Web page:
Upon the occurrence of an overload above a first predetermined value and below a second predetermined value, the bimetal 95, which is heated by the heat generated by the current ow therein and which is also heated by the heat generated in the rigid conductor 93, eXes with the free end (on the right) moving upward to engage the Calibrating screw 87 to move the latch member 81 in a counterclockwise direction to release the latch member 75. Upon release of the latch member 75, the trip member 71 is released and the contact arm 39 is free to move to the open position under the bias of the spring 45. Although the main tripping force is exerted by the spring 45, the contact pressure spring 123 provides additional force during the initial movement, and the relatively weak spring 113 also aids in providing an opening force. The blow-off forces generated by the arc also aid the tripping movement. The contact arm 39 moves from the position shown in FIG. 2 to the tripped position shown in FIG. 4 with the trip member 71 moving clockwise und with the angle-link 51 moving counterclockwise to permit the upper pivot 59 of the toggle 47 to move to release the toggle 47 which collapses to the tripped position seen in FIG. 4. During the tripping operation, the spring 113 operates to move the operating member 107 to a tripped position (FIG. 4) intermediate the on and off positions. The operating member 107 is stopped in the tripped position by engagement of the pin 117 with an edge of the trip member 71 in the slot 119. When it is desired to reset the circuit breaker for manual operation, the operating member 107 is moved from the tripped position seen in FIG. 4 to a position slightly past the` full off position seen in FIG. 3. During this movement, the pin 117 engages the trip member 71 in the slot 119 to rotate the trip member 71 in a counterclockwise direction. Near the end of this movement of the operating member 107, the end of the trip member 71 engages the latch member 75 moving the latch member clockwise to the latching position, and when the latch member 75 reaches the latching position the spring 85 biases the latch member 81 to the latching position to latch the latch member 75 whereby upon release of the operating member 107 the circuit breaker will be latched in the position seen in FIG. 3. When the trip member 71 is in the latched position the angle-link 51 is held stationary so that the upper pivot 59 of the toggle 47 is Xed -whereby the circuit breaker may be manually operated between the on and off positions in the same manner hereinbefore described. The slot-and-pin connection between the angle-link 51 and trip member 71 prevents movement of the angle-link 51 when the trip member is latched in a stationary position and permits the relative movement between these parts during the tripping and resetting operations. The angle-link 51 enables a tripping operation of the trip member 71 with the trip member 71 not moving to a position substantially higher within the circuit breaker housing than the original position of the trip 6 member 71 so that the height-wise dimension of the circuit breaker housing can be kept compact.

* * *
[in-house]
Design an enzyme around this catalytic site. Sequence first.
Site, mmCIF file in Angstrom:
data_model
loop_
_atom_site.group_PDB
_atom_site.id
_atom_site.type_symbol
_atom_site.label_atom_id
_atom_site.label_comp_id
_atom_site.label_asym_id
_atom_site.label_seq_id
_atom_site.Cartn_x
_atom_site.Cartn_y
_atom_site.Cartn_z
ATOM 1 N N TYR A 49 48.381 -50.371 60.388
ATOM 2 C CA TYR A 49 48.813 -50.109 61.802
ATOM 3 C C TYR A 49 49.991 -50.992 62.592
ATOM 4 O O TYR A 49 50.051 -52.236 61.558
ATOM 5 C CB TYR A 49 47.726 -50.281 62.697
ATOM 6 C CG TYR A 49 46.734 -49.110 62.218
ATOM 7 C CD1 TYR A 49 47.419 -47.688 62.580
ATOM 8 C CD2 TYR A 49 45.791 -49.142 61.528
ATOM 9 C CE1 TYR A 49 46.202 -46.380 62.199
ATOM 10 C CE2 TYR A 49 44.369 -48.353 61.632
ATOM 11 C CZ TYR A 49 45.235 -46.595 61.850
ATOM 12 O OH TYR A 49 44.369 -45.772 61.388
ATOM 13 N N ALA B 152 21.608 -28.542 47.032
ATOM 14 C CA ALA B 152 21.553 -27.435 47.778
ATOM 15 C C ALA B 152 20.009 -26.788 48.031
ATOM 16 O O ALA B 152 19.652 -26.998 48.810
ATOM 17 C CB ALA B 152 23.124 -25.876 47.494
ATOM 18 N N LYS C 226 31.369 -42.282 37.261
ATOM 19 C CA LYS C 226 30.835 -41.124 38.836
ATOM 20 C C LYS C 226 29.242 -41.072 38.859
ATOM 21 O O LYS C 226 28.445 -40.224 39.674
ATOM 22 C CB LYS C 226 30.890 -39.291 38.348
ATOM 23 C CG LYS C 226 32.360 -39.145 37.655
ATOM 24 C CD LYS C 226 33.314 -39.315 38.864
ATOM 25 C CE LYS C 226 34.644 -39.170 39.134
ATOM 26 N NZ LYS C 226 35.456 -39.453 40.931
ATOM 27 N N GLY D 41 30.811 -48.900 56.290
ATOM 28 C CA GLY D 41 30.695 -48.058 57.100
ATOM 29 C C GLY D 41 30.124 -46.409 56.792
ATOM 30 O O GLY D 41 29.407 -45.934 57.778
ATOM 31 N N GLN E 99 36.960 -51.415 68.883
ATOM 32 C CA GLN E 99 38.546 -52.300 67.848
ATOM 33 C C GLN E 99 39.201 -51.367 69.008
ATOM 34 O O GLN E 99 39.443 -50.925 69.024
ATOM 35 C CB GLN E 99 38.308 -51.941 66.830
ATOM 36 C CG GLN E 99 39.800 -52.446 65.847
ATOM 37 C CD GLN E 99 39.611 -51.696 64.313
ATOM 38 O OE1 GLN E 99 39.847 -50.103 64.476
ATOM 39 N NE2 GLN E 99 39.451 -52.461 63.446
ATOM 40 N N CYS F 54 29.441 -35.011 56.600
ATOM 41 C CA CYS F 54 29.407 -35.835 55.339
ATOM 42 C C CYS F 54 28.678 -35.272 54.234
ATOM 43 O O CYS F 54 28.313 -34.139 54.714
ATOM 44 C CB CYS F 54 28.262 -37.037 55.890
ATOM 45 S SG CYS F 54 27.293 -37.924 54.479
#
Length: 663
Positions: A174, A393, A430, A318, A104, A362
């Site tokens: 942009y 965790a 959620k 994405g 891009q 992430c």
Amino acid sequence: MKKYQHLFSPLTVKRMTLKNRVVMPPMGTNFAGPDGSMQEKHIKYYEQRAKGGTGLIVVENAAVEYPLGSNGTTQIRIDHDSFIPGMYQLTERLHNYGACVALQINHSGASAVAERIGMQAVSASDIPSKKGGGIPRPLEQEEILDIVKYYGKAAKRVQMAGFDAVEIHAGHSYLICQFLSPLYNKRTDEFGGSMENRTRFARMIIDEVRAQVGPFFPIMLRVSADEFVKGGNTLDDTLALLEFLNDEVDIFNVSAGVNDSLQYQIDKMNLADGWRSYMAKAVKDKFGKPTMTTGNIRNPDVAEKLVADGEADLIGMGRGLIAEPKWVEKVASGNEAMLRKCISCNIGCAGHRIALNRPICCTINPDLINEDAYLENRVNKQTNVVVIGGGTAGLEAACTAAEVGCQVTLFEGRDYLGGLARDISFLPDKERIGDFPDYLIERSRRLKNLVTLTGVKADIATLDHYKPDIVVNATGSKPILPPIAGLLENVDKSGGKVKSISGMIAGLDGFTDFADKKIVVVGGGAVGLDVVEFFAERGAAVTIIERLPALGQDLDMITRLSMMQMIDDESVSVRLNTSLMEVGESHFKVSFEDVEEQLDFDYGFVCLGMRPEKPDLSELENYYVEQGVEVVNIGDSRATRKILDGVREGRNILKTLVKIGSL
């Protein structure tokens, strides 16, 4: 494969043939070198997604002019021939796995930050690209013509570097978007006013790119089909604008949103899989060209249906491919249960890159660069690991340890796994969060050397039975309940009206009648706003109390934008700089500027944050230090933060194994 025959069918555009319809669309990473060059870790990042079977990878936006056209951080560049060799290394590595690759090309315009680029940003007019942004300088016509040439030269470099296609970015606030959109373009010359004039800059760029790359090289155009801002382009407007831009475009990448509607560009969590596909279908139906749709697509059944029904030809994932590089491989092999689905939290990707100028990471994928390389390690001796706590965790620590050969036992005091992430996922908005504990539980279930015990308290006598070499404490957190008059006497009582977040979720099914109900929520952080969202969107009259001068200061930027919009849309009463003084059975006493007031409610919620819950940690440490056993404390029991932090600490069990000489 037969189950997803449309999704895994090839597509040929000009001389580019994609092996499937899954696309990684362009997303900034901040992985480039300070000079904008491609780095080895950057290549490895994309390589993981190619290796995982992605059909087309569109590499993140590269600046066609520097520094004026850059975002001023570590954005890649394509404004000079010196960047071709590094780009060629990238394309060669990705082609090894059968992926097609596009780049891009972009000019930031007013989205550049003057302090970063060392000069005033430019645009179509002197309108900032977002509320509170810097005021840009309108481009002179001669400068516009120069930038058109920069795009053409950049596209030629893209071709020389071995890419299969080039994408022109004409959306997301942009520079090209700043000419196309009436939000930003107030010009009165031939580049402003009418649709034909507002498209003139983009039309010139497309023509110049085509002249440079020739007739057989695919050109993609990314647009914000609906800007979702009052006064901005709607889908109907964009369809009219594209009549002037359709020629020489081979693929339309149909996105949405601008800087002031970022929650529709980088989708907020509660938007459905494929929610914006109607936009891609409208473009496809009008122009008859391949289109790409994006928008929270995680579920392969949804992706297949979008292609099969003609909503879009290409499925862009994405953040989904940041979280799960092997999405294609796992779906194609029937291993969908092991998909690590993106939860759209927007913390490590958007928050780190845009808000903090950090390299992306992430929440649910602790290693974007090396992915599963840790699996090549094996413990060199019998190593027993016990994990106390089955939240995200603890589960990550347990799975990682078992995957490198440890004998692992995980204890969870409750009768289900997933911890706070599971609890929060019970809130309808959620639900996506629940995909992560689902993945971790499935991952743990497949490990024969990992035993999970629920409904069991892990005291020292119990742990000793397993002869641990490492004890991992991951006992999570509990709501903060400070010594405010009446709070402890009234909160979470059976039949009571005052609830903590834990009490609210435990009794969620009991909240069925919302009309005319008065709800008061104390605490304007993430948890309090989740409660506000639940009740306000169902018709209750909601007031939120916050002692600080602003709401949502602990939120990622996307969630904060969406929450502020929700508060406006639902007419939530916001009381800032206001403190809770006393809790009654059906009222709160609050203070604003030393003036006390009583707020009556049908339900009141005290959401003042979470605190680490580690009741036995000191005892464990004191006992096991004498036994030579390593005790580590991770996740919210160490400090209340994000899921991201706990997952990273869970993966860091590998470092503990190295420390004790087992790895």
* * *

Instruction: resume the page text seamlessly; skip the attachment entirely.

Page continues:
Upon the occurrence of an overload above the second predetermined value, magnetic flux generated in the members 127, 81 by means of the current flowing through the members `93, causes attraction of the armature 81 to the yoke 127 whereupon the armature 81 moves to the tripped position instantaneously without the time delay of the thermal tripping operation. Upon movement of the latch member 81 to the tripped position the circuit breaker is tripped in the same manner as was hereinbefore described with regard to the thermal tripping operation. The circuit breaker is thereafter reset in the same manner as was hereinbefore described with regard to the resetting operation following the thermal tripping operation.